Chapter 3. DI Containers



  • XML configuration
  • Code as configuration

When I was a kid, my mother and I would occasionally make ice cream. This didn’t happen too often, because it required a lot of work and it was hard to get right. In case you’ve never tried making ice cream, figure 3.1 illustrates the process.

Figure 3.1. Making ice cream is an arduous process, with plenty of opportunities for error.

Real ice cream is based on a crème anglaise, which is a light custard made from sugar, egg yolks, and milk or cream. If heated too much, this mixture will curdle. Even if you manage to avoid this, the next phase presents more problems. Left alone in the freezer, the cream mixture will crystallize, so you have to stir it at regular intervals until it becomes so stiff that this is no longer possible. Only then will you have a good, homemade ice cream.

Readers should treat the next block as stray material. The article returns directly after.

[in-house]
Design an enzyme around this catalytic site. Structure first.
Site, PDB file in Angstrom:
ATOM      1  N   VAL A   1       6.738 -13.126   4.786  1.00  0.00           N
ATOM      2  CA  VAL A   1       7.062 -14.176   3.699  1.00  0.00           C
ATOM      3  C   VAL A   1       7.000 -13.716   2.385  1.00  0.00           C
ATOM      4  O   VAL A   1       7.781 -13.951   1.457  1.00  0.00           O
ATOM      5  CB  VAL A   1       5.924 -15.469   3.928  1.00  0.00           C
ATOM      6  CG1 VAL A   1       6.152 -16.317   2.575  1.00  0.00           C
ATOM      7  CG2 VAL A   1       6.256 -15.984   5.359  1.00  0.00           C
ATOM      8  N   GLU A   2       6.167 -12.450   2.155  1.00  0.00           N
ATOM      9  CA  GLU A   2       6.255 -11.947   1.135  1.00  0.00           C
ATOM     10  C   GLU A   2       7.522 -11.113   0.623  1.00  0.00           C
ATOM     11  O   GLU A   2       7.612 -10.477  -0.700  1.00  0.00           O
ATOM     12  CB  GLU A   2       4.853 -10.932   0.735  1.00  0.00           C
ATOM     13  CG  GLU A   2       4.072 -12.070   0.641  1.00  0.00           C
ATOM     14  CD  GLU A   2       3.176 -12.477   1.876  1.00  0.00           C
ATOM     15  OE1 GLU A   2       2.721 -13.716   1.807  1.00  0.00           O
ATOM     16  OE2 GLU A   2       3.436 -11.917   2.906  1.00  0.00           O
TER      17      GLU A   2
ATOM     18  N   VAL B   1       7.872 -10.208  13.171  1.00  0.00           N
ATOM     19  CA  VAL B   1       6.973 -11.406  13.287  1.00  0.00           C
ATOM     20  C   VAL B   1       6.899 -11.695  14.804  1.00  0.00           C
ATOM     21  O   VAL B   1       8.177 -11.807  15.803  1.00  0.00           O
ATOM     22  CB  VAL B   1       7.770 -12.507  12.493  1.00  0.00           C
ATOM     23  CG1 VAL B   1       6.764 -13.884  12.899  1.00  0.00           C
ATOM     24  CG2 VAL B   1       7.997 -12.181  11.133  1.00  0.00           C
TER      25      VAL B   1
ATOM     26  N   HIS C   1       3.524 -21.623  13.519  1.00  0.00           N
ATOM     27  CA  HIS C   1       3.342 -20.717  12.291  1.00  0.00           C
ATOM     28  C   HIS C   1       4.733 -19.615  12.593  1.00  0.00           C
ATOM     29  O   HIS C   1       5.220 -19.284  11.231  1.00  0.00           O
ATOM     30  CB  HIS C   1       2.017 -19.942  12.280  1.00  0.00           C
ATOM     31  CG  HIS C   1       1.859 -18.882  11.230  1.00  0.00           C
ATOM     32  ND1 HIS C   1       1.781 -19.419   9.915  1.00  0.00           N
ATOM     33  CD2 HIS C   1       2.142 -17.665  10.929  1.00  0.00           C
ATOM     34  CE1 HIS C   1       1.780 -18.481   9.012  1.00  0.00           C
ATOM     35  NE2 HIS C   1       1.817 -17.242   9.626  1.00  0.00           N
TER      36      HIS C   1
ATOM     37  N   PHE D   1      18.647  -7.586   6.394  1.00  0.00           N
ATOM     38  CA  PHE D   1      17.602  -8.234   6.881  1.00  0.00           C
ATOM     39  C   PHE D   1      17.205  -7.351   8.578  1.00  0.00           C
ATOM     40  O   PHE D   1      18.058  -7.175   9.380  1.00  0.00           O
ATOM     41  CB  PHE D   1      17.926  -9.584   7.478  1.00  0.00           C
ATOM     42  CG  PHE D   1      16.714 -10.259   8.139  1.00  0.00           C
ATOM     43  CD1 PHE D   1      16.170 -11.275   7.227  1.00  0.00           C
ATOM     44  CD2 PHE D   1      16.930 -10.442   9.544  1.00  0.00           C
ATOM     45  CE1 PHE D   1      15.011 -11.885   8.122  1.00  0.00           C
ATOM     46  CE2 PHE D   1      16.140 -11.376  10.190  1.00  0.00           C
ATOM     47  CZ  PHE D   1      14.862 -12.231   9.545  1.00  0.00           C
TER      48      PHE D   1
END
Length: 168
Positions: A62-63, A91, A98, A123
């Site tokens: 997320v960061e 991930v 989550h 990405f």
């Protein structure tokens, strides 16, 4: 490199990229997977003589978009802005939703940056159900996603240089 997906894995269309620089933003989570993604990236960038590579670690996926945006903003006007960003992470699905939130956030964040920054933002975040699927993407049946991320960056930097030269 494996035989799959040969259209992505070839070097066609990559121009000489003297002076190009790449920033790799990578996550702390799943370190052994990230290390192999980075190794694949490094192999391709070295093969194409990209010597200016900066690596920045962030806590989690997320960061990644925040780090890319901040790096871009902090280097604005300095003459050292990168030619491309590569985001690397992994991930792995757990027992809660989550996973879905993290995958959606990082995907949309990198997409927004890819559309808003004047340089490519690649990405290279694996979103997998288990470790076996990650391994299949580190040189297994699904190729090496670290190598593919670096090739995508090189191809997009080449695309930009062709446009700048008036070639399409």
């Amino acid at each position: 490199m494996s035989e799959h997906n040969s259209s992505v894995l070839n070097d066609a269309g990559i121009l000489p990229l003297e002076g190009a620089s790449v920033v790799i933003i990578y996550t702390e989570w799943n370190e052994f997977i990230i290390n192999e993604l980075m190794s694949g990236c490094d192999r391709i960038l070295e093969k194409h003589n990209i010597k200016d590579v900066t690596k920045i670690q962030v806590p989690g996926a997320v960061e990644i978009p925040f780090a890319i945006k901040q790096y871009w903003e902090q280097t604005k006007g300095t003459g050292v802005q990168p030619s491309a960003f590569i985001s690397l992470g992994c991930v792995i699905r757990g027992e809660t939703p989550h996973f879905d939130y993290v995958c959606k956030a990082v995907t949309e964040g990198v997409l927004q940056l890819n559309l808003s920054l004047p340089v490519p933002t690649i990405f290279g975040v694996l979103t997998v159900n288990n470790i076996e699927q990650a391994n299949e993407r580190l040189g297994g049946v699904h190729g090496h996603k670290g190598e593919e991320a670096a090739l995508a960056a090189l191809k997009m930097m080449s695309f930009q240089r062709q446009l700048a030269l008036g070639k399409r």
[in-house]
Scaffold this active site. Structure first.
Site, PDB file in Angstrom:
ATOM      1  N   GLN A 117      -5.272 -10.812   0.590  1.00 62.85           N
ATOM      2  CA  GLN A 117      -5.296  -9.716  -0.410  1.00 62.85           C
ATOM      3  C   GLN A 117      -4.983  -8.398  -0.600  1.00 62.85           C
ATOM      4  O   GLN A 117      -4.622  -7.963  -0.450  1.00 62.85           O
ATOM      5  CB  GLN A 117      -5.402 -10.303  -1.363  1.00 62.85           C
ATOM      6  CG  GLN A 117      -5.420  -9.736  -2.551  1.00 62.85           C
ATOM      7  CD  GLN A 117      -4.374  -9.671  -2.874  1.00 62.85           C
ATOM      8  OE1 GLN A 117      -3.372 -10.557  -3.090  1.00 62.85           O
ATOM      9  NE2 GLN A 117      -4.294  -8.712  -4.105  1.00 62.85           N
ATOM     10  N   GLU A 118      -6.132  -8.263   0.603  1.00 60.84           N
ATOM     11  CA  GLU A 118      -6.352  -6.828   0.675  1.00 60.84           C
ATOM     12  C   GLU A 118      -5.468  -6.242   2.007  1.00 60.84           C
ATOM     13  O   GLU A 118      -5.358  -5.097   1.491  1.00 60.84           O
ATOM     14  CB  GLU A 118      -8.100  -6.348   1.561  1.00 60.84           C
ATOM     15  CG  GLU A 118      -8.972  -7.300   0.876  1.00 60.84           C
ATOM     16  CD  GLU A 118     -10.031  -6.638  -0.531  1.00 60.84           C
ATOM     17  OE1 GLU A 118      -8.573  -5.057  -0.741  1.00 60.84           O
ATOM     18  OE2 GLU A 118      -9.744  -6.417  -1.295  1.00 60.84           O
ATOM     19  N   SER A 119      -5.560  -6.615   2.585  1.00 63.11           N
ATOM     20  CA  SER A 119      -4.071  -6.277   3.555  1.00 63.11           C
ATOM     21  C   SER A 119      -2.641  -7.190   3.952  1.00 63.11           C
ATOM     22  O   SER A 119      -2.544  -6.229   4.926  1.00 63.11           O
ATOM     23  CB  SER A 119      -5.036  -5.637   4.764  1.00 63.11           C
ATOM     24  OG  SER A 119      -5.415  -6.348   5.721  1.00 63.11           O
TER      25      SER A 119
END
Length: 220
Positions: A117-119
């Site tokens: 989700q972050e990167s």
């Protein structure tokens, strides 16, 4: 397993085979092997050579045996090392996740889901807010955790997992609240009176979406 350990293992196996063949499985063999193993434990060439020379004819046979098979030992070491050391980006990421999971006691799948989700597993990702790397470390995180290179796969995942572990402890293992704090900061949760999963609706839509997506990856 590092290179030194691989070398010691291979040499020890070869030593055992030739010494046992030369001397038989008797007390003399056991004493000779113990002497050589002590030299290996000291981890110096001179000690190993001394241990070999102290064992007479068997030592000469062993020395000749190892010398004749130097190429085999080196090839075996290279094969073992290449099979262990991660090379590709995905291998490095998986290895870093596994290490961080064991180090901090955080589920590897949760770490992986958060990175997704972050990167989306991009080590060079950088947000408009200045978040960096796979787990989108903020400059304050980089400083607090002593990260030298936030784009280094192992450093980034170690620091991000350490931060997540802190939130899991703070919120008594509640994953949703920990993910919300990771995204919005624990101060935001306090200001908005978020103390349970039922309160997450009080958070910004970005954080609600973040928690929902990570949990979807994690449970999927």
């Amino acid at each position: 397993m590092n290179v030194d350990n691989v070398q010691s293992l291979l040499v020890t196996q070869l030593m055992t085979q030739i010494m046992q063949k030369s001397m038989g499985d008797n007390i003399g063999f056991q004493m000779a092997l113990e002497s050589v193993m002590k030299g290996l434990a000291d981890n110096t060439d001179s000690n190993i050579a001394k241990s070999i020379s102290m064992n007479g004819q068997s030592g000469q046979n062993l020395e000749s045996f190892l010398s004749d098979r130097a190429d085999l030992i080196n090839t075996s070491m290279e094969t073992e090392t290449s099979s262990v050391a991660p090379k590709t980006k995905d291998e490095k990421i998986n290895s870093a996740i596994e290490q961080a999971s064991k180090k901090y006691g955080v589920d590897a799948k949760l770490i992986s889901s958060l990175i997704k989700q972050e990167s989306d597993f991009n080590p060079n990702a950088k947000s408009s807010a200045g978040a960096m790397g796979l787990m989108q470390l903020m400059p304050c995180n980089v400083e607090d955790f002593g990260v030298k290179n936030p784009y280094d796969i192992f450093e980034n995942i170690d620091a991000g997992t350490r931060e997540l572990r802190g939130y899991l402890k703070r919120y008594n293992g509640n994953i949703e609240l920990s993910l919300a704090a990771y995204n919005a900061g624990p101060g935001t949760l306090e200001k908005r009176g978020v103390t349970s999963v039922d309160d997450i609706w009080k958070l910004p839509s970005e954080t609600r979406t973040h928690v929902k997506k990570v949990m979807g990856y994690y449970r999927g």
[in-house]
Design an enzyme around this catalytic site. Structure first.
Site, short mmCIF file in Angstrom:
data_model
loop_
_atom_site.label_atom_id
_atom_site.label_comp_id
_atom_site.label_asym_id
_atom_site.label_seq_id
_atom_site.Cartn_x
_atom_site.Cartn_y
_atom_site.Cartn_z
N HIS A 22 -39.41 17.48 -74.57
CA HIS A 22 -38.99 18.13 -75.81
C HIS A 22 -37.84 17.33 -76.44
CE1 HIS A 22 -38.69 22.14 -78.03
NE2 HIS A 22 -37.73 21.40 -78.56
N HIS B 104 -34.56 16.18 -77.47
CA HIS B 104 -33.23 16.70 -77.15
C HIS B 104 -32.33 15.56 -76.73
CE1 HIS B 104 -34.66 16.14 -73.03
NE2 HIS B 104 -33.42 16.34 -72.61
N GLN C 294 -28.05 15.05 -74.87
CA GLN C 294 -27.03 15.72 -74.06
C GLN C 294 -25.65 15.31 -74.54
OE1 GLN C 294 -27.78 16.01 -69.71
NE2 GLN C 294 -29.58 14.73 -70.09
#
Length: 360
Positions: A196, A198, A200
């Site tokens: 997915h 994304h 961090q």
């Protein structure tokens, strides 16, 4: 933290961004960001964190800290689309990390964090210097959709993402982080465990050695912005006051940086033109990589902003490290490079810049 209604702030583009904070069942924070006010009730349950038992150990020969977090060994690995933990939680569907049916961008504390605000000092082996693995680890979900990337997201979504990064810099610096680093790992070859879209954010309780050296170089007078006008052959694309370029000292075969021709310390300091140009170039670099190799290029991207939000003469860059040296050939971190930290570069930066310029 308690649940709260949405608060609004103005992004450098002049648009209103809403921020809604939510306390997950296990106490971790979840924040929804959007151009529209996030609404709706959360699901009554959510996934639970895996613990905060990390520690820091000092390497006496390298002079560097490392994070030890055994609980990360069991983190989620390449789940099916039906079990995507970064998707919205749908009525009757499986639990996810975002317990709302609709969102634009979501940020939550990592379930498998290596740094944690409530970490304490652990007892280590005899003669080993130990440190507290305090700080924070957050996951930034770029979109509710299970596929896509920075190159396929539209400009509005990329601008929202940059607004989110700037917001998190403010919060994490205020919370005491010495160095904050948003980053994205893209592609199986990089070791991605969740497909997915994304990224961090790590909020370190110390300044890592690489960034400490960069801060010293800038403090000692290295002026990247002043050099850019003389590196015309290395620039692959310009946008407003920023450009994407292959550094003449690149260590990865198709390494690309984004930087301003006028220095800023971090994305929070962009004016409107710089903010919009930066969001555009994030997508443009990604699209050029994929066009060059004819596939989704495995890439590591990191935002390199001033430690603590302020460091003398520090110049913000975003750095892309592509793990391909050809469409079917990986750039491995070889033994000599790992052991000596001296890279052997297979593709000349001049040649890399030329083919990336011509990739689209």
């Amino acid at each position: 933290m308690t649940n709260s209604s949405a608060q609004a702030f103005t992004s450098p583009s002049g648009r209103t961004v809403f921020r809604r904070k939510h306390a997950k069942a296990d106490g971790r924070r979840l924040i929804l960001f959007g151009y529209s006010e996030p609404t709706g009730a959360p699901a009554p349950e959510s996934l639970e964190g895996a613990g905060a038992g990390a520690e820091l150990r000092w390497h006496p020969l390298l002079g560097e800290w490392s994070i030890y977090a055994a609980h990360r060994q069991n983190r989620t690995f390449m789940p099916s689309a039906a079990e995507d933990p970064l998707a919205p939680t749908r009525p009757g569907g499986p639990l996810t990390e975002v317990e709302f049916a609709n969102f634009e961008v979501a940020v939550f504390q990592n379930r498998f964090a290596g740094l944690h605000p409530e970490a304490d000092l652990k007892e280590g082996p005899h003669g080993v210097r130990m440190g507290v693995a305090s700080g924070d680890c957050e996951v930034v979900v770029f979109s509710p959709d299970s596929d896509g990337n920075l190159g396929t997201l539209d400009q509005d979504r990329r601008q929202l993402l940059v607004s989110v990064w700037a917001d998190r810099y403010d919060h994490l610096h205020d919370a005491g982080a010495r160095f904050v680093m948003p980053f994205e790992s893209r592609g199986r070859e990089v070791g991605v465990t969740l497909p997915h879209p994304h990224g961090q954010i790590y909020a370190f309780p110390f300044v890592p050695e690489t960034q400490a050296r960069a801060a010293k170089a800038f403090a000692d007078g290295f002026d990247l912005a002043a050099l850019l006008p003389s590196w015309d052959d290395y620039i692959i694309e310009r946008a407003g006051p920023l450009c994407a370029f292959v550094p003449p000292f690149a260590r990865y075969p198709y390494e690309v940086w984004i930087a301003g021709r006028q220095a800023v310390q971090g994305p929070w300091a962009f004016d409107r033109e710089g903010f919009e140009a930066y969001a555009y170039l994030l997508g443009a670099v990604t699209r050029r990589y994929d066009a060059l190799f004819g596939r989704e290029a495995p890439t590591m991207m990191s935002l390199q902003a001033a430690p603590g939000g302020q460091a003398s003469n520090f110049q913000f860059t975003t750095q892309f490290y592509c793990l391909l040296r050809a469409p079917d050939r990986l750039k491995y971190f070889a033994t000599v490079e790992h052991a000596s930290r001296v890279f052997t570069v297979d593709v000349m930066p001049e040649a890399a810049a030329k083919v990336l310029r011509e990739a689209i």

Although this is a slow and labor-intensive process, if you want to and you have the necessary ingredients and equipment, you can use the technique I’ve outlined to make ice cream.

3.1. Introducing DI Containers

3.2. Configuring DI Containers

3.3. DI Container patterns

3.4. DI Container landscape

3.5. Summary